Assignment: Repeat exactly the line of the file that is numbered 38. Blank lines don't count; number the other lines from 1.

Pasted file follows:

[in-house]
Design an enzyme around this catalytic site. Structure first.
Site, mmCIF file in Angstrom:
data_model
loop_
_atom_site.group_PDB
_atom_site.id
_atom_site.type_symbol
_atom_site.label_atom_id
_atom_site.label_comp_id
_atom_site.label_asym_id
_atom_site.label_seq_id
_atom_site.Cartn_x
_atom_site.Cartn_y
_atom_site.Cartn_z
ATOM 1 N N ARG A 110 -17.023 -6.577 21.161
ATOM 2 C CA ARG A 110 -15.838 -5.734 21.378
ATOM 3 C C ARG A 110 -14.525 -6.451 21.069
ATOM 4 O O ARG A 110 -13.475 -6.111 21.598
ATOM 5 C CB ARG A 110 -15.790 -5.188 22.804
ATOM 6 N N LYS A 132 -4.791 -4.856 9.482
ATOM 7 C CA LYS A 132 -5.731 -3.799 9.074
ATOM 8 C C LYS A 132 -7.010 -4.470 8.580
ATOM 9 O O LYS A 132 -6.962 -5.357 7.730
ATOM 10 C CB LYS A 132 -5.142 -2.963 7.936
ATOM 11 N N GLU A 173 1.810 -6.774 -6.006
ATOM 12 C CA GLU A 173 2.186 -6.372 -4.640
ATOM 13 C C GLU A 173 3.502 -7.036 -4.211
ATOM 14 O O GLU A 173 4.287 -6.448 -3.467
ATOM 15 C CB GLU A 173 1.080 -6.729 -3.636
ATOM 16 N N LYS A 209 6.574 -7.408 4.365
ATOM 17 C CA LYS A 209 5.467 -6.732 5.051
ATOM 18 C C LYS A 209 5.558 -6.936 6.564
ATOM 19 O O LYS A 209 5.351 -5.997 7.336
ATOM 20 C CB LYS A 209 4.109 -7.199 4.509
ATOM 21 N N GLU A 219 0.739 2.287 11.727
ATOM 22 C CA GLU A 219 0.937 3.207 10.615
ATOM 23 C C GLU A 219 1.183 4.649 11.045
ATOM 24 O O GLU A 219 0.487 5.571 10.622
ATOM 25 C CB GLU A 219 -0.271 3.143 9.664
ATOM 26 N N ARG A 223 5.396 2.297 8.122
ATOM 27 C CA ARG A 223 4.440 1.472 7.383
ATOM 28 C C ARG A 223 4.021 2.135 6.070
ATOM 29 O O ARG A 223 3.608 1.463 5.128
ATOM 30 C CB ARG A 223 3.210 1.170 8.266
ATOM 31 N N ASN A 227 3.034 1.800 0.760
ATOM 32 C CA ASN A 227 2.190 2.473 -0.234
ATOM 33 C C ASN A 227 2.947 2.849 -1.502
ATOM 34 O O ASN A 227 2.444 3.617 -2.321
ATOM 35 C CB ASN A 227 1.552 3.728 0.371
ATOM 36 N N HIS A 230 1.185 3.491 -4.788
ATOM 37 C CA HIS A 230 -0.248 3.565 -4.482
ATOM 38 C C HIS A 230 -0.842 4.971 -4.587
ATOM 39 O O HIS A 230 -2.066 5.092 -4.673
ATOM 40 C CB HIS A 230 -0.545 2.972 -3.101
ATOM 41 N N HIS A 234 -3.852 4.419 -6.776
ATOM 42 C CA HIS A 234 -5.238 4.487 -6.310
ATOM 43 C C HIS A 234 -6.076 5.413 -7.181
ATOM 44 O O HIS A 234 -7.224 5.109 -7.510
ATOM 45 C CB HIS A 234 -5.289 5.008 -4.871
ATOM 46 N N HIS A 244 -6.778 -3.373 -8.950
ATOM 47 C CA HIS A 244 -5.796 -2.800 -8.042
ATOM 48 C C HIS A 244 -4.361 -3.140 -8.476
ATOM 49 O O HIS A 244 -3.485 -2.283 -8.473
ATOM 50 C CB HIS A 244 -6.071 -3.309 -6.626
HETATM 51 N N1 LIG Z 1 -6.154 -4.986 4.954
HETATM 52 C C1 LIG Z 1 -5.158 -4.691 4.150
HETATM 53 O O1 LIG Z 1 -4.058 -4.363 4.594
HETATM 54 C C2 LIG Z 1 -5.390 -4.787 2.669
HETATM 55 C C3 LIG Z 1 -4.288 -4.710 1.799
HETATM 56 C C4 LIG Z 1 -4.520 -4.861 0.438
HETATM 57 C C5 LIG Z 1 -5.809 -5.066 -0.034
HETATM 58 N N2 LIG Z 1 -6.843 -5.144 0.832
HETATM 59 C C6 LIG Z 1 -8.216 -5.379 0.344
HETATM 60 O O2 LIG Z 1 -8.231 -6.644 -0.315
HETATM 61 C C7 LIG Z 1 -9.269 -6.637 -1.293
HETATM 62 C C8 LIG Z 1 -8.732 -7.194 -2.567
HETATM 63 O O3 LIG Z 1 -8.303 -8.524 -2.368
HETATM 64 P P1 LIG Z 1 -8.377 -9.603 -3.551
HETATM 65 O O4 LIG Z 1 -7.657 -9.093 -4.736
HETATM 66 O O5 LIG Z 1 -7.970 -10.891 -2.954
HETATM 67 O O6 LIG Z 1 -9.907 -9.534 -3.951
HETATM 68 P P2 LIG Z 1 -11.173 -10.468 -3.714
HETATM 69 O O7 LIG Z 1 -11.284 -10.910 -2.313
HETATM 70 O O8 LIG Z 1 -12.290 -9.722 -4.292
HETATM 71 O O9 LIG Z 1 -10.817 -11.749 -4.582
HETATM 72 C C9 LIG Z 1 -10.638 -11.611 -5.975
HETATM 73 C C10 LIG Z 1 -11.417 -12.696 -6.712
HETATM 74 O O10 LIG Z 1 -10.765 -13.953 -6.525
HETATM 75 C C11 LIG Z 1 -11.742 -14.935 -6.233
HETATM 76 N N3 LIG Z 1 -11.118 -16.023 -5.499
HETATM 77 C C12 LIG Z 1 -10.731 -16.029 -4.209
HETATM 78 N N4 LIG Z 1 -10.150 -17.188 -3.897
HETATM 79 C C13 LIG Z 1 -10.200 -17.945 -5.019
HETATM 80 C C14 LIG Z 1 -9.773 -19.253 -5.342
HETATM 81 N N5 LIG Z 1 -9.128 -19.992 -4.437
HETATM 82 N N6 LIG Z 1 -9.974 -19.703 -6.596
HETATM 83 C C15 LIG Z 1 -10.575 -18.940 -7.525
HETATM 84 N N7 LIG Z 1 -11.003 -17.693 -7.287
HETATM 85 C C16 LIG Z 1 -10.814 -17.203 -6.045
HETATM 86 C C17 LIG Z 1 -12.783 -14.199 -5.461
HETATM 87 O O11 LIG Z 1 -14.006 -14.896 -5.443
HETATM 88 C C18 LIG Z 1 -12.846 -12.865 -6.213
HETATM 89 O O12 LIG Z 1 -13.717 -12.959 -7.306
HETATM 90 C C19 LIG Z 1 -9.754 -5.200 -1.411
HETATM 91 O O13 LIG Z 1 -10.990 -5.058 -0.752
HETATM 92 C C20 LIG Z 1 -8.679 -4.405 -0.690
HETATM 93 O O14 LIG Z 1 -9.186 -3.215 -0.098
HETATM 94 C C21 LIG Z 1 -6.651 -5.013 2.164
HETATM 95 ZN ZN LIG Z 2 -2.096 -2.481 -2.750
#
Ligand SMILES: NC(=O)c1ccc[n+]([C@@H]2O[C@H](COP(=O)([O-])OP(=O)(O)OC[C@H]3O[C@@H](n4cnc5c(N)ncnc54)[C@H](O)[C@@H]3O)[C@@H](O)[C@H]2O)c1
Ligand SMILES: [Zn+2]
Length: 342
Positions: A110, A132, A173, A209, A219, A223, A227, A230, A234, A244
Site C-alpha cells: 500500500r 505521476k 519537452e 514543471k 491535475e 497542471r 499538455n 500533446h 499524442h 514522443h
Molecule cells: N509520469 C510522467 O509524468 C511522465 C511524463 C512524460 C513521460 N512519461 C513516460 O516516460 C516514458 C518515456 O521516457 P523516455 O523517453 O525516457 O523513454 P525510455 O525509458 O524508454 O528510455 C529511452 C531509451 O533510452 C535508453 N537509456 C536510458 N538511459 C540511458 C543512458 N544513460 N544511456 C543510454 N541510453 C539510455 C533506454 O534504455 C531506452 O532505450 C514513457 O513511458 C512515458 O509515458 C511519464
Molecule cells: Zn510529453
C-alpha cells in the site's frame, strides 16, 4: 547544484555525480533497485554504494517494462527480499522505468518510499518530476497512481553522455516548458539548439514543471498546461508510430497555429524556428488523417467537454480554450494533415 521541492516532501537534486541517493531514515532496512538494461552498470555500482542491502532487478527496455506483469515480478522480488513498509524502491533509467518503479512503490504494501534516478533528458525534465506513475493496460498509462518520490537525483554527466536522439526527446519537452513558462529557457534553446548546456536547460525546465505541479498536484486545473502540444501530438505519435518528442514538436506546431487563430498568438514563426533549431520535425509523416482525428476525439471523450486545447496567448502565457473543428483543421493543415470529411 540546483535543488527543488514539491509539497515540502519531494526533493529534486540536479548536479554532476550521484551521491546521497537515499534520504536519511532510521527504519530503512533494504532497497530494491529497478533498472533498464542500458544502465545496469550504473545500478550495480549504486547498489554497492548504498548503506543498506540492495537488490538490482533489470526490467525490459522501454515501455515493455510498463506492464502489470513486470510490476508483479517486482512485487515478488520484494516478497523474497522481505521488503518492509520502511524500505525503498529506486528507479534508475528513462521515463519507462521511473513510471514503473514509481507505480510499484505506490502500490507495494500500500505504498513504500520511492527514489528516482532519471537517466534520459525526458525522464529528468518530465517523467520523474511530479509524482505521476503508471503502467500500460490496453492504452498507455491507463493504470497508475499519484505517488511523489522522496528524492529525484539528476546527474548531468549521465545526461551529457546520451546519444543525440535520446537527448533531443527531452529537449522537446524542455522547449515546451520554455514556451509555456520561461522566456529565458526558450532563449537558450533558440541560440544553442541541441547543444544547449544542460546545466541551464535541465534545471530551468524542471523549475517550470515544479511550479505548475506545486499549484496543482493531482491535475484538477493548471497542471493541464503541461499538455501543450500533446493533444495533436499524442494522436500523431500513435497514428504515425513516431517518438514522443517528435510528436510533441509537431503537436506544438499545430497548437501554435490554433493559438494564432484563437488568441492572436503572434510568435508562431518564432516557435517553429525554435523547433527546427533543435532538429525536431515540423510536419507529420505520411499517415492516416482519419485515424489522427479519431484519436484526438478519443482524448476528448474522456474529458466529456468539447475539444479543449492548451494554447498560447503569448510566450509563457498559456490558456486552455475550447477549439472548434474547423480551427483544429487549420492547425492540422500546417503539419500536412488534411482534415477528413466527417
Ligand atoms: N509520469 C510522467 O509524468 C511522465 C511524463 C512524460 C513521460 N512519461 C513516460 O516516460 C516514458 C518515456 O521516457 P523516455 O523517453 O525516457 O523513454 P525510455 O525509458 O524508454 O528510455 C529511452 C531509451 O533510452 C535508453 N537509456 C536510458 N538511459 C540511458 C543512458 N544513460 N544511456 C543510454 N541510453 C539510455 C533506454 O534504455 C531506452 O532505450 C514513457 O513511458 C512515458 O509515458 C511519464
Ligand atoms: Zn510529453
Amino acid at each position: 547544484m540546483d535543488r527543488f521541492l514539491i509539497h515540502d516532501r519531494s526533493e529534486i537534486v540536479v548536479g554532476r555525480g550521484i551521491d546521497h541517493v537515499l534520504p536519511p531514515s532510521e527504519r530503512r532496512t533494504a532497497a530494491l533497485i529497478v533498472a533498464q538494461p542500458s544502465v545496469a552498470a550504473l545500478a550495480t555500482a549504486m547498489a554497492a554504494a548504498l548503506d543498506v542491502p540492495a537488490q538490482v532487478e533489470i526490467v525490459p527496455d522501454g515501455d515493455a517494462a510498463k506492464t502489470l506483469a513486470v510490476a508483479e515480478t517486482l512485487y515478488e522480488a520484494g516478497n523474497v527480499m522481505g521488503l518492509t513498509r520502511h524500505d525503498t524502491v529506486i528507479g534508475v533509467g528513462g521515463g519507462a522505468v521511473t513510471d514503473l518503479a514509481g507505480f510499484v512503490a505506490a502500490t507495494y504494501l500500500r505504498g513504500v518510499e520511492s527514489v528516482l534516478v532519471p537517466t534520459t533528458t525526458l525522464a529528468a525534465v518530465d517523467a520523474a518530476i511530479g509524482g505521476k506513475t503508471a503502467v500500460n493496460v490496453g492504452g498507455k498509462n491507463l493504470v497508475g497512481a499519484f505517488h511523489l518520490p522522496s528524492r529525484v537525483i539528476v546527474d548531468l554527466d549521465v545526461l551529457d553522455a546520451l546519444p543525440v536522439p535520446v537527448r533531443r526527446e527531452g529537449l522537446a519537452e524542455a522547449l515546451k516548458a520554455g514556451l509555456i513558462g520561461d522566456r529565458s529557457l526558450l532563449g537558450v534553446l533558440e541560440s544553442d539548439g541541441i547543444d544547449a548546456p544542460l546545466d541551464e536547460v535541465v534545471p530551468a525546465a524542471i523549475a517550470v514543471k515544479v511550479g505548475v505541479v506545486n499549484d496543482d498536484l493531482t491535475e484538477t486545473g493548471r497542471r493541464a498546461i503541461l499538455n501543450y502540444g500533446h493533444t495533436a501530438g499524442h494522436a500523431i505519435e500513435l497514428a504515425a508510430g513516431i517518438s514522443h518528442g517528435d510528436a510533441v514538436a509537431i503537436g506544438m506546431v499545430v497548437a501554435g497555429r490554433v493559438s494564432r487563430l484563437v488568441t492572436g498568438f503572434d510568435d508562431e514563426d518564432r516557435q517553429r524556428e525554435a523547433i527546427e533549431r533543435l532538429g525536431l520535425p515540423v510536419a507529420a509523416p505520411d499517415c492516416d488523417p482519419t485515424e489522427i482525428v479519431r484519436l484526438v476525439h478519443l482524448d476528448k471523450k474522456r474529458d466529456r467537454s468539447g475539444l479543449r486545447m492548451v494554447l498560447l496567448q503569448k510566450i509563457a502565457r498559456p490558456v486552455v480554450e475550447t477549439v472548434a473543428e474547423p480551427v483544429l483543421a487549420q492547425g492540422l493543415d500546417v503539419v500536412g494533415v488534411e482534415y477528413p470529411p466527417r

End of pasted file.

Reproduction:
ATOM 23 C C GLU A 219 1.183 4.649 11.045